During May and June, we have had some pretty wild weather down here on Victoria’s west coast – much of it with big swells, onshore winds and very high tides – all of which have spelt disaster for the beaches and the dunes. We have seen widespread erosion, especially around the river mouths and huge impact on the dunes, which have receded by as much as ten metres in places. Protective fences have been washed away and carparks undermined. Naturally, this has also led to lots of debris being washed up on the beaches.
The June clean up was particularly interesting as we chose just to concentrate on the river mouths along our stretch of coast – Grassy, Spout, Coalmine, Moggs and Painkalac Creeks. We also decided to concentrate on the small pieces of plastic, most no larger than a five cent piece, that seem to accumulate in the river mouths.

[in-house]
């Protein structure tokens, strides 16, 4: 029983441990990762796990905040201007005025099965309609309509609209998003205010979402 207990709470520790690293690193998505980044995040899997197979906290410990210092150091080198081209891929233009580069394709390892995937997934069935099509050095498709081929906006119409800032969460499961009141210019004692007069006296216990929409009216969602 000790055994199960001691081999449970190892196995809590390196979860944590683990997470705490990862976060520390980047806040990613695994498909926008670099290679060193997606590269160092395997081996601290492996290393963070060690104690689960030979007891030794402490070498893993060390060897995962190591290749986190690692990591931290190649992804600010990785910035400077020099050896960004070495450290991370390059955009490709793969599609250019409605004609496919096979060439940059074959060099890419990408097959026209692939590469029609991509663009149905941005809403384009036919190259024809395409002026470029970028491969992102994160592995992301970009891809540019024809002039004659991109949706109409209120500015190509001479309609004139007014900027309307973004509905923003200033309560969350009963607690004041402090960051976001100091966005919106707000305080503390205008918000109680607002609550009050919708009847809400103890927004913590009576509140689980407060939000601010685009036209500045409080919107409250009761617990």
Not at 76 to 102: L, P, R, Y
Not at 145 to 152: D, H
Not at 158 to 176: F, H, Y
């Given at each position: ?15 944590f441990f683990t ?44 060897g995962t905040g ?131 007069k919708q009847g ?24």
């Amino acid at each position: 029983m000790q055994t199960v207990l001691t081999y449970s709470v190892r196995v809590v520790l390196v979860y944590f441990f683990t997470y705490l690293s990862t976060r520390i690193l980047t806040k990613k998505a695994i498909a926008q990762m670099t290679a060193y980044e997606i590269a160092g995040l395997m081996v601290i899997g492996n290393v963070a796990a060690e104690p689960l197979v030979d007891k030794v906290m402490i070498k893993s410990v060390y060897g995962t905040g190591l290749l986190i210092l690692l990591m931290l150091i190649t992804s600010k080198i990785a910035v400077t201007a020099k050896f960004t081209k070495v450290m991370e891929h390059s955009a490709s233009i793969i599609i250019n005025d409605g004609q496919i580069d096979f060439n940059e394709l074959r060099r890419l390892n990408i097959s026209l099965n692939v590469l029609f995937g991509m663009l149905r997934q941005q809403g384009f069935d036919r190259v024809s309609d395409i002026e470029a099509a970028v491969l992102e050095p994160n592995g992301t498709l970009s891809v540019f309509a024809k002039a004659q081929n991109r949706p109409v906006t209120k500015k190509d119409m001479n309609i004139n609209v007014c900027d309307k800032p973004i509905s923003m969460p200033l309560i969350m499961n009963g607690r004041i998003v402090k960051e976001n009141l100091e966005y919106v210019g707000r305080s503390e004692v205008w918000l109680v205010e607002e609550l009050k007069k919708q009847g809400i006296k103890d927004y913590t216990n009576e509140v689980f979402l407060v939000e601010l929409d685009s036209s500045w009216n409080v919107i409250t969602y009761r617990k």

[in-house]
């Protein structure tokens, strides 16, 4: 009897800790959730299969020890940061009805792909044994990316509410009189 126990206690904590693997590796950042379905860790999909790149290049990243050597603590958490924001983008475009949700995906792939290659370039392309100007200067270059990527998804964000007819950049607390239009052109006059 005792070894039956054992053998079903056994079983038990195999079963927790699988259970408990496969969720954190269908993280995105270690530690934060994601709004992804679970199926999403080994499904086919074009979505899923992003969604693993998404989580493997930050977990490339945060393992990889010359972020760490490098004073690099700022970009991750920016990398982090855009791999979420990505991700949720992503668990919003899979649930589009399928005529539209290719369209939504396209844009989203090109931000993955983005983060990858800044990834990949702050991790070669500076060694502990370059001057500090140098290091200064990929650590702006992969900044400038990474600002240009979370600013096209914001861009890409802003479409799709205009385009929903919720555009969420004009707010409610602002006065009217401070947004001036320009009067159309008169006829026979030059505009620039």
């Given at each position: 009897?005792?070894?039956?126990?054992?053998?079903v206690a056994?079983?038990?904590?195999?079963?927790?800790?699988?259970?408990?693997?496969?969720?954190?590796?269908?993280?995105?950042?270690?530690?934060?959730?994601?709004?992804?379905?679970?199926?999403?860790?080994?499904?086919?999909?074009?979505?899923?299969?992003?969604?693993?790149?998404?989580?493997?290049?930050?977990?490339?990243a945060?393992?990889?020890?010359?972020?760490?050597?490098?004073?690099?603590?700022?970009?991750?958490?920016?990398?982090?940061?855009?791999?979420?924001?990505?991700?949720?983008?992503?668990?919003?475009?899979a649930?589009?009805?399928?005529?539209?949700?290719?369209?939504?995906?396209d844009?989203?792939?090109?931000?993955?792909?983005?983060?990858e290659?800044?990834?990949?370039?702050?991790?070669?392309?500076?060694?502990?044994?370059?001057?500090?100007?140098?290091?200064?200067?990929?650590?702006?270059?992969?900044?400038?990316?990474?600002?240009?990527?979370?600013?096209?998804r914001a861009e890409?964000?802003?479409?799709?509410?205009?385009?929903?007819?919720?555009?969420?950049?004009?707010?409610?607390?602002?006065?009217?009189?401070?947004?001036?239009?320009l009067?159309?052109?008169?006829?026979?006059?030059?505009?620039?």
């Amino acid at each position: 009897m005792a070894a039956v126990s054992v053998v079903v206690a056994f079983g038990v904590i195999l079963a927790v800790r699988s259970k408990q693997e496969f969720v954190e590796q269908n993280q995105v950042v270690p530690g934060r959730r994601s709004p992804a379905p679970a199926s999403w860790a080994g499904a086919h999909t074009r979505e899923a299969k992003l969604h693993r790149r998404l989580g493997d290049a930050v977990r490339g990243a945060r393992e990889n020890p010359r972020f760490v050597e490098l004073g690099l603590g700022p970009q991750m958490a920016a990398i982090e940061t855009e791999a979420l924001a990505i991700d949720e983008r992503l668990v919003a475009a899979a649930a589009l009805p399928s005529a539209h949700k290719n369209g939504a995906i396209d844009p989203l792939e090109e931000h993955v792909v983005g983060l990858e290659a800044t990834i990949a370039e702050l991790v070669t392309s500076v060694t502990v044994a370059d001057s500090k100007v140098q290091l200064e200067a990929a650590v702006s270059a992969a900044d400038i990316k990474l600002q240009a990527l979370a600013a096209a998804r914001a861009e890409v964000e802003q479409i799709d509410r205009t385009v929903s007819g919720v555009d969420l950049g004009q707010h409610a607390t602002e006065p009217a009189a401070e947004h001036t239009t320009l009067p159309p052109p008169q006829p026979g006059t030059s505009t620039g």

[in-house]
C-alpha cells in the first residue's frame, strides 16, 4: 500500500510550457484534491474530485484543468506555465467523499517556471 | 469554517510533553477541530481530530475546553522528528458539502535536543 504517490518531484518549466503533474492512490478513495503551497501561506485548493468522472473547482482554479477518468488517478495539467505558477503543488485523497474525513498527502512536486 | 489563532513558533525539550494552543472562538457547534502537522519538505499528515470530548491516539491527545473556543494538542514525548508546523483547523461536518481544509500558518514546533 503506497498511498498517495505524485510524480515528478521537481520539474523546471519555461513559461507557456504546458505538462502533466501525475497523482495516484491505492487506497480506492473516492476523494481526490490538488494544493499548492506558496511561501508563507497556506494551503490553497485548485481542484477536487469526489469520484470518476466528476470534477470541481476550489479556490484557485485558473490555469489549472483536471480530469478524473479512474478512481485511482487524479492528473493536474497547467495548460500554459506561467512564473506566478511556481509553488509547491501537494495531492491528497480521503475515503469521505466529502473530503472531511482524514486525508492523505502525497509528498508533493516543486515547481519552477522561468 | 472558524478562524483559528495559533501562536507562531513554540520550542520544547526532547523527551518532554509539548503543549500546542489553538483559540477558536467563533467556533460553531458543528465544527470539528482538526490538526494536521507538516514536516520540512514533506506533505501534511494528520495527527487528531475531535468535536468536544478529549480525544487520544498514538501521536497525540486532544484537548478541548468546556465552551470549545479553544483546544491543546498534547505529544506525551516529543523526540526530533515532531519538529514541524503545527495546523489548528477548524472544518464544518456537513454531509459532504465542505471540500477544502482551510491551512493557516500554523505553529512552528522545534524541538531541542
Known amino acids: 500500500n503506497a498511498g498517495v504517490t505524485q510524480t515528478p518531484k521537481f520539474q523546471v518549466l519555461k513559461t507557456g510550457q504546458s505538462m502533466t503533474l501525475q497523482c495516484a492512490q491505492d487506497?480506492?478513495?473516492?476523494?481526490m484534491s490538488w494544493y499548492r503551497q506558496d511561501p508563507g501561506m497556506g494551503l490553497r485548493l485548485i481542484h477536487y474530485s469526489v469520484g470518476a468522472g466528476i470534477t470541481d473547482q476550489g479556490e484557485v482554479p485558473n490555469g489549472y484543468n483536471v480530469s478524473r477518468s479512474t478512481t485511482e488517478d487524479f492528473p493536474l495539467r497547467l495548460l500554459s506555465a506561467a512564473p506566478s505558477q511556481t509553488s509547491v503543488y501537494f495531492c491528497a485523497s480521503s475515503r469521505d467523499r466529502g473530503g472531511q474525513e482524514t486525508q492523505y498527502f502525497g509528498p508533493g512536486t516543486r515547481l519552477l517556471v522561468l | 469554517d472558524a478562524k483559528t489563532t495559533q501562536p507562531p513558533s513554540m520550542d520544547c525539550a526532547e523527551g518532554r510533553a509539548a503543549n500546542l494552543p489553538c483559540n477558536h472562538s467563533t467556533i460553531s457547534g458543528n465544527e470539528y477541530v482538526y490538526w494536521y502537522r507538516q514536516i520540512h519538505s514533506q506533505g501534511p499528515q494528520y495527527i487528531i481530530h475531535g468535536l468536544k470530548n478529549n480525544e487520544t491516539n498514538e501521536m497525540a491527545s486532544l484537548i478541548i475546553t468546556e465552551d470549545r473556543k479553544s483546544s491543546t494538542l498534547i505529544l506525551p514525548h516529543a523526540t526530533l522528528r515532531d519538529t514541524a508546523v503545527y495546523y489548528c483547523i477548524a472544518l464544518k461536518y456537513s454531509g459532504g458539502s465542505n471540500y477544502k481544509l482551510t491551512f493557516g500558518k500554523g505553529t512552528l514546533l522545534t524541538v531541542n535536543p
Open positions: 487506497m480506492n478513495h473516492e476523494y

In these five locations we picked up more than 500 pieces – and could have doubled that number if we had more time. It was a great learning experience for the boys who looked at the river mouths from a distance and thought they looked pretty clean and healthy. Once they got closer though they saw that they could bend down in one spot and collect 100 pieces of plastic within a one metre area.
Thanks for the great work Tangaroa Blue are doing to help protect the coast. St Bernard’s is happy to be contributing in whatever way we can.
Thanks to Mark Smith and the students from St Bernard’s College Santa Monica Campus who have been involved in the Australian Marine Debris Initiative since 2009 – contributing to the improvement and health of their local coastline!